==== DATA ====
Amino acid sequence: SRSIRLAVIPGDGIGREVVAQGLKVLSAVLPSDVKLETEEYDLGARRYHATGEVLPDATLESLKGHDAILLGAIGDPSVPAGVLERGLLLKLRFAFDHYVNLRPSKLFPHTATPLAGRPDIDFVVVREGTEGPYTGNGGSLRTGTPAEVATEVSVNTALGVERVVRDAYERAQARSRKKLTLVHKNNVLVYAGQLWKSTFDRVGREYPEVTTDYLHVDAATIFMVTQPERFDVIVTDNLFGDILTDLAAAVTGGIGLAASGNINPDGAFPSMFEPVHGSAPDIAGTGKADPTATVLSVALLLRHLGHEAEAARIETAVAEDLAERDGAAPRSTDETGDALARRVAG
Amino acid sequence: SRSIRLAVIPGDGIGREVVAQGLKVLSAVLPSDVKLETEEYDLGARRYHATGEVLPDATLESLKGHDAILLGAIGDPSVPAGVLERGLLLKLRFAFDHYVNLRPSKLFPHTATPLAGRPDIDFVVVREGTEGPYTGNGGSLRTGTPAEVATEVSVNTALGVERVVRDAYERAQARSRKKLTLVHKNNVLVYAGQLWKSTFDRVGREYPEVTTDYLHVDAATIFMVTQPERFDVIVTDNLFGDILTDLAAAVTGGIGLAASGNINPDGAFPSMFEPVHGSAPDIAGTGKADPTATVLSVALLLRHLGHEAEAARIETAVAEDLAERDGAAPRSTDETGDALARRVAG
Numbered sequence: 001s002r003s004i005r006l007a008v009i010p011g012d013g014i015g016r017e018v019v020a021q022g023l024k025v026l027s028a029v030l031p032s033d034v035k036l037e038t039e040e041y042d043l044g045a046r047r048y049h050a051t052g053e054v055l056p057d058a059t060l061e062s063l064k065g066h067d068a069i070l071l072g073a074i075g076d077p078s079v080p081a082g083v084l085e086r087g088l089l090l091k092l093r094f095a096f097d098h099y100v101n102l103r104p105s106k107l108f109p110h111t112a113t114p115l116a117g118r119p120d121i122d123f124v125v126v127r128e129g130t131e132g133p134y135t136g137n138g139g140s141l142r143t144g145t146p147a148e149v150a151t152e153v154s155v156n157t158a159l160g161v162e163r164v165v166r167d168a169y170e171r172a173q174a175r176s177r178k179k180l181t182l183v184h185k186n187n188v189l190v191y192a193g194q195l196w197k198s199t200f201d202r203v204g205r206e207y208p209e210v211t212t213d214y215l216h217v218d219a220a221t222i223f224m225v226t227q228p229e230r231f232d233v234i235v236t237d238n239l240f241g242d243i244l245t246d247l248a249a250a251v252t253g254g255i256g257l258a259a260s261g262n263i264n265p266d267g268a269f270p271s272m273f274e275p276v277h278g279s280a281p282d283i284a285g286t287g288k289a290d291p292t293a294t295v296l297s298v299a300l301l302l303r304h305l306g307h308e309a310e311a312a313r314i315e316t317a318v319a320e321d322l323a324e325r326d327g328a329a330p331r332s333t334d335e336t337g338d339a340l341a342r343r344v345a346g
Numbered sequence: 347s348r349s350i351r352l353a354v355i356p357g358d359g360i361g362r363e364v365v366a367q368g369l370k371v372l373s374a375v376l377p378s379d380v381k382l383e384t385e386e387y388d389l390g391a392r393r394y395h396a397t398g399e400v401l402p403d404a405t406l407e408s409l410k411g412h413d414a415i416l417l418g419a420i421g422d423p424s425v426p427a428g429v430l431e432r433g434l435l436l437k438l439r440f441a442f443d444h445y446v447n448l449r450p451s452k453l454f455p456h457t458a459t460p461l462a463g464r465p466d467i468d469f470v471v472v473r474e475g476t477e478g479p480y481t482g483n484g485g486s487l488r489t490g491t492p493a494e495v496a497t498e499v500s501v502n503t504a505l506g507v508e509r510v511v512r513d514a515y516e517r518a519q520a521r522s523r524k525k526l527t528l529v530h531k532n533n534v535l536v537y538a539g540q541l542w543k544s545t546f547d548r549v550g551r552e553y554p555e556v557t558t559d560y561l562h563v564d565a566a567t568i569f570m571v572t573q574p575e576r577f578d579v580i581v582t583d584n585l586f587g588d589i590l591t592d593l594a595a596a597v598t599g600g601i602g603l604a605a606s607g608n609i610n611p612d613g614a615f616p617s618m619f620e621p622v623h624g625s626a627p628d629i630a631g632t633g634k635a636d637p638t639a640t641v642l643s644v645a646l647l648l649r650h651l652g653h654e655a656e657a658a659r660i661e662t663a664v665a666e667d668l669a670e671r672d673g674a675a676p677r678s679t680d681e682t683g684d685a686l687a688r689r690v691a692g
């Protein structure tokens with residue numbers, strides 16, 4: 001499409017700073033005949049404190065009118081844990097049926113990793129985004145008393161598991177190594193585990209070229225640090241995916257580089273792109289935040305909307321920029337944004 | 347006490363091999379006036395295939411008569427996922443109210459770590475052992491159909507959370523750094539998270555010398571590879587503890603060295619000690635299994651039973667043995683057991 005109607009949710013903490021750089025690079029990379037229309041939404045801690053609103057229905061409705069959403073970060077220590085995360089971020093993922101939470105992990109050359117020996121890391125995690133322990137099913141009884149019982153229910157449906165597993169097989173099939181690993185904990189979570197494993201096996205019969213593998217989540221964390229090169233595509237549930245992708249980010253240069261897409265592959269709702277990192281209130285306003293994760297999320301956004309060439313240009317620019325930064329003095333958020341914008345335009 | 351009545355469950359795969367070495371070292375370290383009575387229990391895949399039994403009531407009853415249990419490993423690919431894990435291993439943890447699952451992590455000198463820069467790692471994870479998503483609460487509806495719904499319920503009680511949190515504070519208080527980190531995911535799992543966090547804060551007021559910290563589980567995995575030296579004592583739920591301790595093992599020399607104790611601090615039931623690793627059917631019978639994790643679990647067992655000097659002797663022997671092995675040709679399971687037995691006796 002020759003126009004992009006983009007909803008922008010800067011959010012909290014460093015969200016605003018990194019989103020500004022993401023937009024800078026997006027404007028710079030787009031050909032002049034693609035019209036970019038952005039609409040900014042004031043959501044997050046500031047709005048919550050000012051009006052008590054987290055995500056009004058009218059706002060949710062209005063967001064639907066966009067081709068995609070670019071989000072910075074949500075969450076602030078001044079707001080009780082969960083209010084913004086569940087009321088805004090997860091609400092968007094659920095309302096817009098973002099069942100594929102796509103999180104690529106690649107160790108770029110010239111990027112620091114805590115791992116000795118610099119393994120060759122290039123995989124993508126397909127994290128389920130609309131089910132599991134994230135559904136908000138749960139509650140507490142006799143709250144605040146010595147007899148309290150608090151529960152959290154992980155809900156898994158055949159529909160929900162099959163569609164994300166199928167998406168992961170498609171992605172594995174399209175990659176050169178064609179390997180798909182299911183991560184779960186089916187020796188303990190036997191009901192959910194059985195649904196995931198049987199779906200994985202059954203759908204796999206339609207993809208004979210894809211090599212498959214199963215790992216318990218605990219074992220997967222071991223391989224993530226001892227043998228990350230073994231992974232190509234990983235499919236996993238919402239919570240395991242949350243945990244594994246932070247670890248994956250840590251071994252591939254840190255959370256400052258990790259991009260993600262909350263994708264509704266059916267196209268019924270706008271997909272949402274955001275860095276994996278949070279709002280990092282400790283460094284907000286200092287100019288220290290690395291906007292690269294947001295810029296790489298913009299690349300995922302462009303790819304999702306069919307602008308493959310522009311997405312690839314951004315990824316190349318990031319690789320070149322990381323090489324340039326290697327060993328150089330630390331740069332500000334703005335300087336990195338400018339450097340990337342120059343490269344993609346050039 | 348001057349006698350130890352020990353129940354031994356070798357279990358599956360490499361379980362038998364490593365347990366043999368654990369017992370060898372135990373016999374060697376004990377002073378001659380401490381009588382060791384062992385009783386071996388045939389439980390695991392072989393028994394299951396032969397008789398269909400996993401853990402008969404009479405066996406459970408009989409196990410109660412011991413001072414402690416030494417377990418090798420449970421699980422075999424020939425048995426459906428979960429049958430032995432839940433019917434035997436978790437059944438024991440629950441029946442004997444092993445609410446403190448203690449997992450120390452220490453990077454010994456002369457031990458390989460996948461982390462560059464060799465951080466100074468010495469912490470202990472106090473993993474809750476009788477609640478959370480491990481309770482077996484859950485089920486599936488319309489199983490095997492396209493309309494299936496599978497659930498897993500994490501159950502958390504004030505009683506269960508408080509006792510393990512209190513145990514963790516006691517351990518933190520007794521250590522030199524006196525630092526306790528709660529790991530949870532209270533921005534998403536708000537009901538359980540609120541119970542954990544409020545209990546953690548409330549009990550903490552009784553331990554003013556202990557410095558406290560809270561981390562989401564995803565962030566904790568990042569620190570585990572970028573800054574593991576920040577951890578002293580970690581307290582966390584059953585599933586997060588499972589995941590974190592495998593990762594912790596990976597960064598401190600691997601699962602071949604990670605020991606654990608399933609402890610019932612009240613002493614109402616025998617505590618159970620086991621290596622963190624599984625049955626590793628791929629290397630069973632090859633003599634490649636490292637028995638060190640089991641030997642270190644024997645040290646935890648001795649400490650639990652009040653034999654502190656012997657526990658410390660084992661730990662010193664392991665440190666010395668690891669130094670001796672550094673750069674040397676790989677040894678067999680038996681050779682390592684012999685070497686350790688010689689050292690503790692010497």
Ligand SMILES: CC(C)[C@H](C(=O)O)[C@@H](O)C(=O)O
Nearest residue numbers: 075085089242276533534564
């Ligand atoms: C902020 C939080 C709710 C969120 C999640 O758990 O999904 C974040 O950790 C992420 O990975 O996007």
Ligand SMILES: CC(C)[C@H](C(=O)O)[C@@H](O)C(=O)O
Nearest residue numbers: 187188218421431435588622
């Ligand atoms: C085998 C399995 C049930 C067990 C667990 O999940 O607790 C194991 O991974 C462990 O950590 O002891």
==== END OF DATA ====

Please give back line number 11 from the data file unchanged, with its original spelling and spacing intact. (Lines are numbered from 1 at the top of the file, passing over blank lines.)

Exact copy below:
């Ligand atoms: C085998 C399995 C049930 C067990 C667990 O999940 O607790 C194991 O991974 C462990 O950590 O002891």